The foundation was formed in March with Chmelik as the registered agent. He says when 50 counties have signed up he'll start asking supporters to contribute between $3,500 and $5,000 each toward a legal fund.

Ben Amstutz / Flickr Creative Commons

Skinny Dipper hot springs was illegally built in the 1990s and now the Bureau of Land Management is dismantling the popular site.

Skinny Dipper is located about an hour outside Boise off the Banks-to-Lowman highway. The site is a half mile hike up a steep trail, and the pools overlook the Payette River.

The plan is to remove the pools and reseed the area, closing the trails in the area for five years to try and get the landscape back to a more natural state.

It's been a year since Nevada rancher Cliven Bundy and his militia supporters stood down federal agents with the Bureau of Land Management outside Las Vegas.

Bundy owes more than $1 million in delinquent cattle grazing fees and penalties, but the BLM has stayed quiet in the year since the showdown, and Bundy's supporters marked the anniversary by throwing a party.

Some sportsmen's groups and conservationists say they're frustrated with votes by both of Idaho's Republican senators on a budget resolution the groups say is a first step to federal land transfer or sale.

U.S. Sens. Mike Crapo and Jim Risch both voted late last month to establish a procedure for selling, exchanging or transferring to the states federal lands.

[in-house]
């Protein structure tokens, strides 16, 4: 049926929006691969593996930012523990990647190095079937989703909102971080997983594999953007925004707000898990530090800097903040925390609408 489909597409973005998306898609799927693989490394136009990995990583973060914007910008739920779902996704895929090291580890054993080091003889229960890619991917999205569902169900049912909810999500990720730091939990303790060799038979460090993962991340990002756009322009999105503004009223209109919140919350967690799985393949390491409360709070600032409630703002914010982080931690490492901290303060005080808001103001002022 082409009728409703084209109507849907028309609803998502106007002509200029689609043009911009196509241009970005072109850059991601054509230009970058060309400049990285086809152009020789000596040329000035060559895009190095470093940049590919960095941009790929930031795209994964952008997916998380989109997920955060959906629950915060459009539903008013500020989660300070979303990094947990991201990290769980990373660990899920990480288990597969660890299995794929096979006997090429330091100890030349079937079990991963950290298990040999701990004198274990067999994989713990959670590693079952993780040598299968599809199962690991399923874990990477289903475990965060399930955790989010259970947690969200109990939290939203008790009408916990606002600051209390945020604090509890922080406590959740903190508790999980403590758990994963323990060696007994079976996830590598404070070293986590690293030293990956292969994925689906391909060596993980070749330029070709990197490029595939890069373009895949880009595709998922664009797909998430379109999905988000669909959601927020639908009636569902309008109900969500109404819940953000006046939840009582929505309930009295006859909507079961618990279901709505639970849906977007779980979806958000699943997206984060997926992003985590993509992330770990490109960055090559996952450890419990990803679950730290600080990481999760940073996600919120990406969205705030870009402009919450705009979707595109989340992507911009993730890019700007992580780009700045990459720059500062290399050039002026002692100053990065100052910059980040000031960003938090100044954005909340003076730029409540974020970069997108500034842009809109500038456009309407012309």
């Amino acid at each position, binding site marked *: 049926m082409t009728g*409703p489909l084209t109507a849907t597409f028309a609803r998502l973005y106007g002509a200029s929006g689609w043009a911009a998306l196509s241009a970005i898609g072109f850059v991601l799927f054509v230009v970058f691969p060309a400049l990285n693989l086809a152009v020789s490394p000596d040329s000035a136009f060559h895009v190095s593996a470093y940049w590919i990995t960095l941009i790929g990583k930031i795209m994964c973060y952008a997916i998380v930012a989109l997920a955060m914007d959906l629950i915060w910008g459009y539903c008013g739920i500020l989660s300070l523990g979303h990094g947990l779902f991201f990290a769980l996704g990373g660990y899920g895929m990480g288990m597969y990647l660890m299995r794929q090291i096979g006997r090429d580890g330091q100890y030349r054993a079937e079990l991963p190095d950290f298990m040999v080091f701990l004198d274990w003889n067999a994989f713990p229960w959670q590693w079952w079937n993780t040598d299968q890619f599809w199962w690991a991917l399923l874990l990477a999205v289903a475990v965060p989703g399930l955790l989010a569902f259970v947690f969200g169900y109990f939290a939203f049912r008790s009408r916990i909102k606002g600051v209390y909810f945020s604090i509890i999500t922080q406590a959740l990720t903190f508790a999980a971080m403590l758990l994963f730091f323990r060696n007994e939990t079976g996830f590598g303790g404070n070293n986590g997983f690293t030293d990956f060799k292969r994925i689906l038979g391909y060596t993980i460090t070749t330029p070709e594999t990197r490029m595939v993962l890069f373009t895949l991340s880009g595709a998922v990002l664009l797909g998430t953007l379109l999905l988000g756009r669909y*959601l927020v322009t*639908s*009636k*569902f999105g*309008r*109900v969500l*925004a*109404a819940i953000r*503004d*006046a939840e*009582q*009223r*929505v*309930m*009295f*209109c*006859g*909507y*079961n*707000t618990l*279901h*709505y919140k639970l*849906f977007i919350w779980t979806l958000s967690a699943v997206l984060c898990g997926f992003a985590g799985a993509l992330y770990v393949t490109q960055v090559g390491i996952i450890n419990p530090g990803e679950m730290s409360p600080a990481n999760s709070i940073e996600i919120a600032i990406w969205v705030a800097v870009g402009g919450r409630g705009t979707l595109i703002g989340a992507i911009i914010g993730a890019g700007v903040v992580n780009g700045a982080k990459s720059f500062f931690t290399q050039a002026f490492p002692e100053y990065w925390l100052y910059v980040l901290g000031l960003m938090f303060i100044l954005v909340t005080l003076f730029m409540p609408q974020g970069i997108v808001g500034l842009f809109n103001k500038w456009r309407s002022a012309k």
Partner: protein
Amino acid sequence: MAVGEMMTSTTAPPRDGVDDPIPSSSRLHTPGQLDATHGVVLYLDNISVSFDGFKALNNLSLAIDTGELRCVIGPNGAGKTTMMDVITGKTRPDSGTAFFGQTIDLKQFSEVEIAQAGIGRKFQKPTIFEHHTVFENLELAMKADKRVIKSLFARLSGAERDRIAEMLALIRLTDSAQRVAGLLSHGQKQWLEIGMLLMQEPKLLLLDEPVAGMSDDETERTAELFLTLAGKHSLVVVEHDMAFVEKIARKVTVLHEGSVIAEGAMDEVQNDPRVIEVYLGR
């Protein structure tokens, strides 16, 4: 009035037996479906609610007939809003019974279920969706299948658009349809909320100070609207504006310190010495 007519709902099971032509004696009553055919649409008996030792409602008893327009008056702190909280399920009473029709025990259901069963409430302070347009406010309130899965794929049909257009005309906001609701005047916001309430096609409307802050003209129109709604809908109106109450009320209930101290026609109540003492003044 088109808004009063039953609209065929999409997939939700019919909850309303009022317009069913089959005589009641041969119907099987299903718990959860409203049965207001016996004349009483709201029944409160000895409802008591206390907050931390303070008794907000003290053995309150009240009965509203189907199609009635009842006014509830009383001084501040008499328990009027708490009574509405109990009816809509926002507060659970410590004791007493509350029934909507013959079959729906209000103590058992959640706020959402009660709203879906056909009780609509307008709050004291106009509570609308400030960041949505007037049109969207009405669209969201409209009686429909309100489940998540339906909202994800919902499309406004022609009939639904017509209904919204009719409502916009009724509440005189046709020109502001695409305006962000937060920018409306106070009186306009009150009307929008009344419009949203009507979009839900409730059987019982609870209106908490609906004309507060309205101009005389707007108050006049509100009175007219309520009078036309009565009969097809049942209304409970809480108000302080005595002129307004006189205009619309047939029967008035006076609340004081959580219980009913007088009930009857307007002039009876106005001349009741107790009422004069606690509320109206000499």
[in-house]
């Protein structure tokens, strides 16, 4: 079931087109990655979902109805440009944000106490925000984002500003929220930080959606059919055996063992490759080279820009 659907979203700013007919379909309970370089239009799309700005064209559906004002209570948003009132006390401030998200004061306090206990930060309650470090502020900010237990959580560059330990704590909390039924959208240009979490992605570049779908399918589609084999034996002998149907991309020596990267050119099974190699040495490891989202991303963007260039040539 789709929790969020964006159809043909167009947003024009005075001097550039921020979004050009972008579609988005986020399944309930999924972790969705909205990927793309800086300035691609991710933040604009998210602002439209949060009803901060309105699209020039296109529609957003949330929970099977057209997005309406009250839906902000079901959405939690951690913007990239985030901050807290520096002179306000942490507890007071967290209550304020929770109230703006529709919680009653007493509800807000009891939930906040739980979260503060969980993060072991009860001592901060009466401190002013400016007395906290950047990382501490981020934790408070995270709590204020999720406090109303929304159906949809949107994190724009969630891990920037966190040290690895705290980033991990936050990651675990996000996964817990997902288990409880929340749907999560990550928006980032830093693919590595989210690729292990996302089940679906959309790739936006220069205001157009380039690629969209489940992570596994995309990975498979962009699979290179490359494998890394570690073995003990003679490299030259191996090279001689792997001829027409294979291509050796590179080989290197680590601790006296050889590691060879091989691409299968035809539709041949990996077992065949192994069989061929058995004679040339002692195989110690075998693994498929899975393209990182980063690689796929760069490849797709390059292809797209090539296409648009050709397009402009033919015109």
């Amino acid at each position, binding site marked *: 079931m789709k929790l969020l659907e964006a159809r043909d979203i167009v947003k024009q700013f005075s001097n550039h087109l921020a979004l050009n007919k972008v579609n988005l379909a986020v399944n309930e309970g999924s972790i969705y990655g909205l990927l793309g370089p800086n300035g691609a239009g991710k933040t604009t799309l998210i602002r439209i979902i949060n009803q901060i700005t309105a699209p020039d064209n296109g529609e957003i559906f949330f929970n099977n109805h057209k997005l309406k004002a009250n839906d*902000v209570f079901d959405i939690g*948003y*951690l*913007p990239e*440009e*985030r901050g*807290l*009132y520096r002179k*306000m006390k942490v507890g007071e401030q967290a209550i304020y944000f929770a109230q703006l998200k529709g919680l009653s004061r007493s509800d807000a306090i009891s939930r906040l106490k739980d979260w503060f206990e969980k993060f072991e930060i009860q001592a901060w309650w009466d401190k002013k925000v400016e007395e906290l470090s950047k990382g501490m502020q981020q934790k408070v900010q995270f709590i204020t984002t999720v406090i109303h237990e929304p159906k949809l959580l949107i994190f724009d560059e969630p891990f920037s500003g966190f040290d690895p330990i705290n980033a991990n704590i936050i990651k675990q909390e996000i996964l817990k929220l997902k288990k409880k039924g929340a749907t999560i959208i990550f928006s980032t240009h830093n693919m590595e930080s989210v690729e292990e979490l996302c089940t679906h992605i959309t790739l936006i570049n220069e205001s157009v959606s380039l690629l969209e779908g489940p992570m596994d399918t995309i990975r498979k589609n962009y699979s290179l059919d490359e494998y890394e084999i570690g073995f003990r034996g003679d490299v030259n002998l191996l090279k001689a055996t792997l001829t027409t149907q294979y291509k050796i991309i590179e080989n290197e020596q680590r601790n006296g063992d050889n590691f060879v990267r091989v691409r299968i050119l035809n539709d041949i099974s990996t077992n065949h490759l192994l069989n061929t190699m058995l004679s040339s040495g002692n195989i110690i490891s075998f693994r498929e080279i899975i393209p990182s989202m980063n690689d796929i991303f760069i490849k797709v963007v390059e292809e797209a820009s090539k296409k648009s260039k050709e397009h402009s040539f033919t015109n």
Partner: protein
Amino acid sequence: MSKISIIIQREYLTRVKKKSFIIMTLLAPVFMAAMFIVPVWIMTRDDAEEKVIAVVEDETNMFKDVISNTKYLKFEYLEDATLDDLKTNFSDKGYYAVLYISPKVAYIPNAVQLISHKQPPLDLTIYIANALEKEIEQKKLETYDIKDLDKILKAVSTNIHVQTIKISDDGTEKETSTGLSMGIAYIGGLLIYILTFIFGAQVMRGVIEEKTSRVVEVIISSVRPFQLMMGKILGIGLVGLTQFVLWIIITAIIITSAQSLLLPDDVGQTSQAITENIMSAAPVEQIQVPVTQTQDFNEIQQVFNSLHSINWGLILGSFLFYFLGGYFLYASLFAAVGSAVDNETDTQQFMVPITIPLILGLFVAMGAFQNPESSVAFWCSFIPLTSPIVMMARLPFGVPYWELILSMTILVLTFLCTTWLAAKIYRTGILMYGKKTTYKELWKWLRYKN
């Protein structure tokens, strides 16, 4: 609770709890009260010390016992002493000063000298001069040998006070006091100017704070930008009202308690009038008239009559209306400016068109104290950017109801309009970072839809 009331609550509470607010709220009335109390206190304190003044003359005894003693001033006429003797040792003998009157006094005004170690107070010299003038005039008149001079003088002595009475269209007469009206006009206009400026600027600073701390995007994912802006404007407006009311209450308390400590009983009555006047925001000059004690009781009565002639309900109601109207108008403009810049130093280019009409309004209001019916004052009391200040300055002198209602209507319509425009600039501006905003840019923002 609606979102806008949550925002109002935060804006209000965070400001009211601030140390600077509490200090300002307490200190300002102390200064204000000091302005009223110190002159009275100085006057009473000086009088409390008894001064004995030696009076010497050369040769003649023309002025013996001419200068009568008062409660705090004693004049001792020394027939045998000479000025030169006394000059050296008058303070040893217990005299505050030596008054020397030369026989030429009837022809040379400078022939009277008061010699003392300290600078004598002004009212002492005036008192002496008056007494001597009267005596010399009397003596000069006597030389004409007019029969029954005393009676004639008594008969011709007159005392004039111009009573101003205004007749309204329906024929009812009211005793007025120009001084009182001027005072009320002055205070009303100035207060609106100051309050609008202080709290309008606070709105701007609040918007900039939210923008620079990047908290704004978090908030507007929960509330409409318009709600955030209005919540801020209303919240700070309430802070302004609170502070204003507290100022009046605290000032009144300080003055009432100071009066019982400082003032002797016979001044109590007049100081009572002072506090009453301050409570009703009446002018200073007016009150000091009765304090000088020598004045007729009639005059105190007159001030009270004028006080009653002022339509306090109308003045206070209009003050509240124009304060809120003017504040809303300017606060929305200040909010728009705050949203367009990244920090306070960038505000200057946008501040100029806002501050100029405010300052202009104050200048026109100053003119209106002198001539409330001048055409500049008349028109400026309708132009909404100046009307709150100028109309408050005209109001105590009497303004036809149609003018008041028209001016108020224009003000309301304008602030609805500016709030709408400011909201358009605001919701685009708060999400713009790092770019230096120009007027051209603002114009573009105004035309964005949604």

Idaho would have the ability to enter into an interstate compact to pursue transferring control of federal lands under a proposal making its way through the Statehouse.

House lawmakers voted 45-23 on Friday to approve setting up the compact, facing from opposition from both Republicans and Democrats worried of the bill's unintended consequences.

Idaho Parks and Recreation

Idaho Parks and Recreation Department Director David Langhorst is asking for approval to raise money for state parks through corporate sponsorships.

Langhorst said the agreements with companies could help pay for educational programs and park facilities.

“And there are many companies that really like parks and they see some value in partnering with us for their own outreach and marketing purposes,” he said. “We know of other examples. In higher ed, where you see Nike swooshes on uniforms, company names on buildings.”

Miguel Vieira / Flickr Creative Commons

A committee of Idaho lawmakers tasked with looking at the possibility of acquiring federal lands - and putting them under state control - has issued a report to the full Legislature. 

The committee of nine  lawmakers and Secretary of State Lawerence Denney was formed as a way to explore sentiments on the issue, and to see if there’s a legitimate way for Idaho to take over control of federal land.

TheJesse / Flickr Creative Commons

Forty-four staffers who worked for U.S. Sen. Frank Church have sent a letter to President Barack Obama asking him to designate a national monument in central Idaho.

The letter dated Tuesday notes that the Idaho Democrat worked to preserve much of the state's wild areas during his 24 years in the Senate and that the Frank Church River of No Return Wilderness is named in his honor.

A plan by Republican U.S. Rep. Mike Simpson of Idaho to designate a wilderness in the area has failed for years, though Simpson is working another effort.

Pages